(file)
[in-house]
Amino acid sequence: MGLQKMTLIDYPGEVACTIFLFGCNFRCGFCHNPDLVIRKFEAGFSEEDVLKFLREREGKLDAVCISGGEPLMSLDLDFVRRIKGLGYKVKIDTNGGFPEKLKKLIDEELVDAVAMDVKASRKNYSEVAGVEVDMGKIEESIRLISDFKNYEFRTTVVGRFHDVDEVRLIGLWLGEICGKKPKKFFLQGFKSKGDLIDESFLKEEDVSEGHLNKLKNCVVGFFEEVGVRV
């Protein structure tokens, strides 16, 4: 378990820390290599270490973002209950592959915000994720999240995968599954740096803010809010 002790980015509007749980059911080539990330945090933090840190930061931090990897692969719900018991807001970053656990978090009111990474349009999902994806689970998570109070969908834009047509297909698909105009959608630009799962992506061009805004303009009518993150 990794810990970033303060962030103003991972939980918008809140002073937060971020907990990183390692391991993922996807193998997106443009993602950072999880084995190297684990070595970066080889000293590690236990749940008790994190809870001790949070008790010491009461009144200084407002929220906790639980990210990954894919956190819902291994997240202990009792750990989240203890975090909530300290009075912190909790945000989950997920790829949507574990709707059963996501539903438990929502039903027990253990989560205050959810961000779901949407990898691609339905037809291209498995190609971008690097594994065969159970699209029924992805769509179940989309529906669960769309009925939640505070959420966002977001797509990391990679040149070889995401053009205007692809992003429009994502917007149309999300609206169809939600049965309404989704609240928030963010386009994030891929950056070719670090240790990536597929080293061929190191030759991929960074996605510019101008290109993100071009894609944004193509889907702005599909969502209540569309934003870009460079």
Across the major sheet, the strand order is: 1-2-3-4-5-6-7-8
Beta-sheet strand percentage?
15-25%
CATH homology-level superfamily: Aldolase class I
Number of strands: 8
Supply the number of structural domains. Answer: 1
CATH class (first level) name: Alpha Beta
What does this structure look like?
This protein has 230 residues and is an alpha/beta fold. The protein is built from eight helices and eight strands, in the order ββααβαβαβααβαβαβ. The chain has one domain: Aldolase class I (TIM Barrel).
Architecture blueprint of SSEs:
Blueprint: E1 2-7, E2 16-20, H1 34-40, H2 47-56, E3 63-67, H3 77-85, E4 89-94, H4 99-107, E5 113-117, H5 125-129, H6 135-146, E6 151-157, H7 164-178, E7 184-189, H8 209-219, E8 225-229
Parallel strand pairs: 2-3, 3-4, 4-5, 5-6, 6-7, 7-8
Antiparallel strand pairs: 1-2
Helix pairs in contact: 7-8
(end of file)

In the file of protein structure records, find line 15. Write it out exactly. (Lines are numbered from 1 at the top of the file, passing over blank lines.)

Parallel strand pairs: 2-3, 3-4, 4-5, 5-6, 6-7, 7-8